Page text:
If you are recovering from a substance use disorder, there may be times when you feel like the only people who understand you are other people who are recovering. There is comfort in a sense of shared experiences, but would dating when you are both in recovery offer a mutual support system, or a temptation to pick-up your old habits together? Consider these pros and cons of dating while in recovery.
When to Pause
It’s Too Soon.
The early stages of your sobriety are crucial to long-term addiction recovery success. If you have only been sober a few months, or weeks, you may not be in the right mindset to successfully begin a new relationship. Your thoughts and emotions will be less stable and you will feel less confident. Your focus should truly be on yourself and your work getting healthy. If it is meant to be, the person will still be in your life in a few months when you are more stable and ready to commit to the needs of another.
When Your Recoveries Depend on One Another.
Having support during recovery is essential, but whether or not you succeed will be solely the result of your own strength and resolution. If you feel you can only be sober if your partner is sober, you will put too much pressure on each other, and will be too reliant upon one another’s successes. Instead, focus on your own recovery. You are the only one that can determine whether or not you succeed.
If He or She is Not as Committed to Recovery as You Are.
Everyone’s recovery process follows a different pace. Each person faces their own unique challenges, triggers, and risks of setbacks. One of the greatest risks of experiencing a recovery setback while dating someone in recovery is if he or she has not made the same level of commitment that you have made. If you are dating someone who is at risk of experiencing a major, or even a minor setback, it could trigger your own relapse. Unless you are confident that your partner shares your commitment to recovery, entering into a relationship may only hinder your progress.
When to Proceed
When You Share a Connection.
For some individuals on the road to recovery, connecting with others who relate to your struggles and triumphs can lead to a lasting bond. The goal of the recovery process is to build the foundation for a long, and healthy, substance-free life. If during your recovery you find someone who can lend you support through mutual experiences, you may be able to form a healthy, lasting relationship based on support and understanding.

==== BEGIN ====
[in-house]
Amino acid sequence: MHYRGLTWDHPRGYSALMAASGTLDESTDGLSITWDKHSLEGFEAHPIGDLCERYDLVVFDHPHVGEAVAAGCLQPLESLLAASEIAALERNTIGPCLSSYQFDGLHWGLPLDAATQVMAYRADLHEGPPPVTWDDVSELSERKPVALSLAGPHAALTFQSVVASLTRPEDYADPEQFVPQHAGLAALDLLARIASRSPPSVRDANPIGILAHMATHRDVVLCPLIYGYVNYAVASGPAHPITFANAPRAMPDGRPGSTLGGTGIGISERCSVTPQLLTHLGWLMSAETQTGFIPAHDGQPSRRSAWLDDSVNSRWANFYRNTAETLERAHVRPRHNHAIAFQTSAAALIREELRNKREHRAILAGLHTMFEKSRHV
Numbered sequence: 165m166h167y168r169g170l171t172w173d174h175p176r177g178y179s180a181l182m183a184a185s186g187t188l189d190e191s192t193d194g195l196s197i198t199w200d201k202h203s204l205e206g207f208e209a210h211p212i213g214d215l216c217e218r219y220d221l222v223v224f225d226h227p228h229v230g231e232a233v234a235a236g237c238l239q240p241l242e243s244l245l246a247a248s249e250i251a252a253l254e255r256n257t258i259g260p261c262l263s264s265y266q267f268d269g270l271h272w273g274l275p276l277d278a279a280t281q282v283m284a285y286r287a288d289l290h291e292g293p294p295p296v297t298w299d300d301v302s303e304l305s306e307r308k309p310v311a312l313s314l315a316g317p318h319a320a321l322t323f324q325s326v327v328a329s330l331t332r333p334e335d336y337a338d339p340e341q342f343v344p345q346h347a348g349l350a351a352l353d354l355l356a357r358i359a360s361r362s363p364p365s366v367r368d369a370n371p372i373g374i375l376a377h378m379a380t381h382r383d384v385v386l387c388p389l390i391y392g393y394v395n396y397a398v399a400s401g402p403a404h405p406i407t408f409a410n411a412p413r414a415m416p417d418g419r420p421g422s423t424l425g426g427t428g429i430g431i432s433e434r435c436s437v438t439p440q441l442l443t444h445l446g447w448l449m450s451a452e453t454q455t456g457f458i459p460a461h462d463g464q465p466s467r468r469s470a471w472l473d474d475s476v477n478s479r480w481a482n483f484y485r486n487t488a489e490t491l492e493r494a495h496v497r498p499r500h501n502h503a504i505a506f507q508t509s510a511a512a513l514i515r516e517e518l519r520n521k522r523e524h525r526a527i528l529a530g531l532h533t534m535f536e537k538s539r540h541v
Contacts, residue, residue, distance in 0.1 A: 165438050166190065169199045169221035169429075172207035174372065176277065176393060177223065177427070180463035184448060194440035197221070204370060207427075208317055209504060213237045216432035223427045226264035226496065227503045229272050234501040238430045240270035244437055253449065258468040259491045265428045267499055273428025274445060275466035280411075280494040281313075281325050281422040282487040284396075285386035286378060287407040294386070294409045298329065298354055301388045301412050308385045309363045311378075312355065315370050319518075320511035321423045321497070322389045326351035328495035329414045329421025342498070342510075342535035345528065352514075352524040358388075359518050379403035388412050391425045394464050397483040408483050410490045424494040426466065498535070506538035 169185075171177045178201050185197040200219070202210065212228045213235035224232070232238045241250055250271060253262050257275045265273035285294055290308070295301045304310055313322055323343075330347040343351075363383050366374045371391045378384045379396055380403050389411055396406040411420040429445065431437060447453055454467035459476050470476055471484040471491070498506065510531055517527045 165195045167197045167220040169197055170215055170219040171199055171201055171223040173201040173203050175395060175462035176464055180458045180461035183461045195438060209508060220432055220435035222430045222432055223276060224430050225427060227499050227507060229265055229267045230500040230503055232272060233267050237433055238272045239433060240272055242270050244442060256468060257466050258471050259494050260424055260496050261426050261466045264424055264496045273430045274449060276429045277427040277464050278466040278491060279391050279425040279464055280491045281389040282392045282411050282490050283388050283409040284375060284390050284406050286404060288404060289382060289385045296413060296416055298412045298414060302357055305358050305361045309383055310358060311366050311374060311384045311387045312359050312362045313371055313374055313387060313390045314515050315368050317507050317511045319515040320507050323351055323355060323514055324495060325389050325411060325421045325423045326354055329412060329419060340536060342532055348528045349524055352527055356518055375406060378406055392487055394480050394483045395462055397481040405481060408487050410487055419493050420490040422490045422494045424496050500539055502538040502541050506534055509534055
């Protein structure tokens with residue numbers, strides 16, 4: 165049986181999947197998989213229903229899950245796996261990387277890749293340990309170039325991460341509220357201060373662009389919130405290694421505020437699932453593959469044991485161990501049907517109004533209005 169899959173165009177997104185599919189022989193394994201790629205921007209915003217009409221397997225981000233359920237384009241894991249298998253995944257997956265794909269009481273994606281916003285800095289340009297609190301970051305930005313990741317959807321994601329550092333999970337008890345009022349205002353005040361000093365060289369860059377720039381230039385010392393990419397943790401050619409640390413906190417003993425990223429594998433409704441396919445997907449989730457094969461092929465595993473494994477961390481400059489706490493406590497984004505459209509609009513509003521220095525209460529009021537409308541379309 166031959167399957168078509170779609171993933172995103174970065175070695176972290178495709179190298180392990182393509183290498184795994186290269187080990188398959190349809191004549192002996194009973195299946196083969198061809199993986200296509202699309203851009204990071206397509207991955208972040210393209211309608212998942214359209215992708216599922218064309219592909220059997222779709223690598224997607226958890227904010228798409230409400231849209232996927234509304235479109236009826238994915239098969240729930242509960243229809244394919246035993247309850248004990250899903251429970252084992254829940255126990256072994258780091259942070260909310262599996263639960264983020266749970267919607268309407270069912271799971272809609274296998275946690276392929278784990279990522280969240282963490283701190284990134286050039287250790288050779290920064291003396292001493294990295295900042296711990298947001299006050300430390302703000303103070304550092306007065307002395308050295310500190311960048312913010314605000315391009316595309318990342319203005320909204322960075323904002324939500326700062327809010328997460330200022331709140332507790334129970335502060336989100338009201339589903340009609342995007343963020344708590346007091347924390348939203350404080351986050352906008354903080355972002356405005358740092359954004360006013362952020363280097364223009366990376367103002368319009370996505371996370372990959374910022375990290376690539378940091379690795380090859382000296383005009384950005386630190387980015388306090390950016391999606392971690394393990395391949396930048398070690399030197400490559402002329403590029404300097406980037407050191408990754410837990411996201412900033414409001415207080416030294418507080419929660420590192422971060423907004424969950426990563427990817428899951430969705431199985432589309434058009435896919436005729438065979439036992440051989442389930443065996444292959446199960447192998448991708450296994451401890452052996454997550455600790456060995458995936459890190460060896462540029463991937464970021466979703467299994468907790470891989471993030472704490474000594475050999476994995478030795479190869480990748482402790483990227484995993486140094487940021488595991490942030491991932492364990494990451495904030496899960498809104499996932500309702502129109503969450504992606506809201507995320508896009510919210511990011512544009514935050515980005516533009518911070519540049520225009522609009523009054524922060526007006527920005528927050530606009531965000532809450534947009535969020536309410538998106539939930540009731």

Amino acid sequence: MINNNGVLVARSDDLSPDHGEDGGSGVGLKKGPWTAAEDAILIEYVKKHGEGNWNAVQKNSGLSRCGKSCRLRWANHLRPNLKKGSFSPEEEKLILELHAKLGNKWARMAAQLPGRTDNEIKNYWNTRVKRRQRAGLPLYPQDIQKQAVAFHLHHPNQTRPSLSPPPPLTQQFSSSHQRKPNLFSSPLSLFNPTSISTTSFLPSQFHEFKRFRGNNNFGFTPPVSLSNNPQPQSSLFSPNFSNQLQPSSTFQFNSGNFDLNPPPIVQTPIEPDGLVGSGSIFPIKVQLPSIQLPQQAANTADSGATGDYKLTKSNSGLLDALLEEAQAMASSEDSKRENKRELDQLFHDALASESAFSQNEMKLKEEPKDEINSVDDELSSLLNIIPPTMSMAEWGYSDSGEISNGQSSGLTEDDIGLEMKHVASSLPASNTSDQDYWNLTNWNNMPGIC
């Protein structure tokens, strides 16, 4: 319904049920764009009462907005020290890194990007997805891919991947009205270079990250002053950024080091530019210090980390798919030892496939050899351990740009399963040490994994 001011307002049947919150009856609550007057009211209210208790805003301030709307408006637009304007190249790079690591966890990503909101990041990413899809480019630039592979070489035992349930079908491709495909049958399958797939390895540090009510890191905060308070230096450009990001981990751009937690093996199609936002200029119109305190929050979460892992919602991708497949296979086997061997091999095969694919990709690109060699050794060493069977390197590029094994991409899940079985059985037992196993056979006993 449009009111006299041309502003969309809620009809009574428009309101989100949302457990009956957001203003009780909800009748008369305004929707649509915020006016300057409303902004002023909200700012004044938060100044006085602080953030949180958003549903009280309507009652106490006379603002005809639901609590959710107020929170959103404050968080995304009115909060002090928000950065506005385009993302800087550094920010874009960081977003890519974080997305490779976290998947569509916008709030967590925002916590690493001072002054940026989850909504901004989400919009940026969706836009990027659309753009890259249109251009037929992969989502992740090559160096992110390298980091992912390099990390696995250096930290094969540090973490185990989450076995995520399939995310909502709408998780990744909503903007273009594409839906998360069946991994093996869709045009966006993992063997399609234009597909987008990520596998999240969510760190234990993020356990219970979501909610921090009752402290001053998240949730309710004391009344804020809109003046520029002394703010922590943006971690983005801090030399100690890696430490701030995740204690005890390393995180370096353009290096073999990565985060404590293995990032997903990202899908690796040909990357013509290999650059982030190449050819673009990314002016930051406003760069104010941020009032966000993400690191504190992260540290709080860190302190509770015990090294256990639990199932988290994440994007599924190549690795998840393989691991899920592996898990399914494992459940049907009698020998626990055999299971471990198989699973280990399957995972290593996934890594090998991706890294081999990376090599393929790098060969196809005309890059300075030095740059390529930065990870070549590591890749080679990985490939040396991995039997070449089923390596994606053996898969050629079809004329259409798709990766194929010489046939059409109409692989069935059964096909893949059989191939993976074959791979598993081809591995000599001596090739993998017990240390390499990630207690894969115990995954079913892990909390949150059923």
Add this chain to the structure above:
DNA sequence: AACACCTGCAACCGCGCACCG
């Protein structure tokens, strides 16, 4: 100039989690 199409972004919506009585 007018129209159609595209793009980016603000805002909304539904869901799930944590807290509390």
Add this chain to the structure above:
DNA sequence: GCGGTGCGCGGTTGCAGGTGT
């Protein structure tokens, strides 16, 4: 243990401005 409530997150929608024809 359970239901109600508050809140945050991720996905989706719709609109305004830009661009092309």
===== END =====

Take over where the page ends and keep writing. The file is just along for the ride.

When The Other Person Allows You to Be Yourself.
Individuals in recovery may feel that they have to hide their desires, their pasts, and their struggles with those around them, except when they are with others who understand first hand the struggles of addiction. During your recovery you may feel that you can only truly be yourself when you are with others who are going through the same thing. Being in a relationship with someone who allows you to be yourself may be a critical part of your recovery process and may lend a foundation for a candid and honest relationship.
When You Commit to the Same Lifestyle.
People in recovery are forever aware of the lifestyle choices they make. Being in a social environment where others are drinking, smoking, or using drugs can put someone with substance use disorder at risk of experiencing a setback. Dating someone who has also chosen to live a lifestyle that is void of temptations may benefit you both. As a couple, you can choose to participate in safe activities, hobbies, and social situations that support your recovery goals.
Weigh Your Options but Never Forget Your Primary Goal.
When you are in recovery your number one priority in your life has to be yourself and your wellbeing. Having the support of loved ones, and even sharing the recovery process with other people who share your experience, are essential parts of the recovery process, but whether or not you choose to commit romantically is a personal decision. Having a thorough understanding of your potential partner’s commitment to recovery, and a confidence in your own treatment plan, must be weighed against any personal feelings before you decide whether or not to begin a relationship with someone else in recovery. Never hesitate to prioritize your own life over a potential relationship. A sober you will make the best partner when the time is right.
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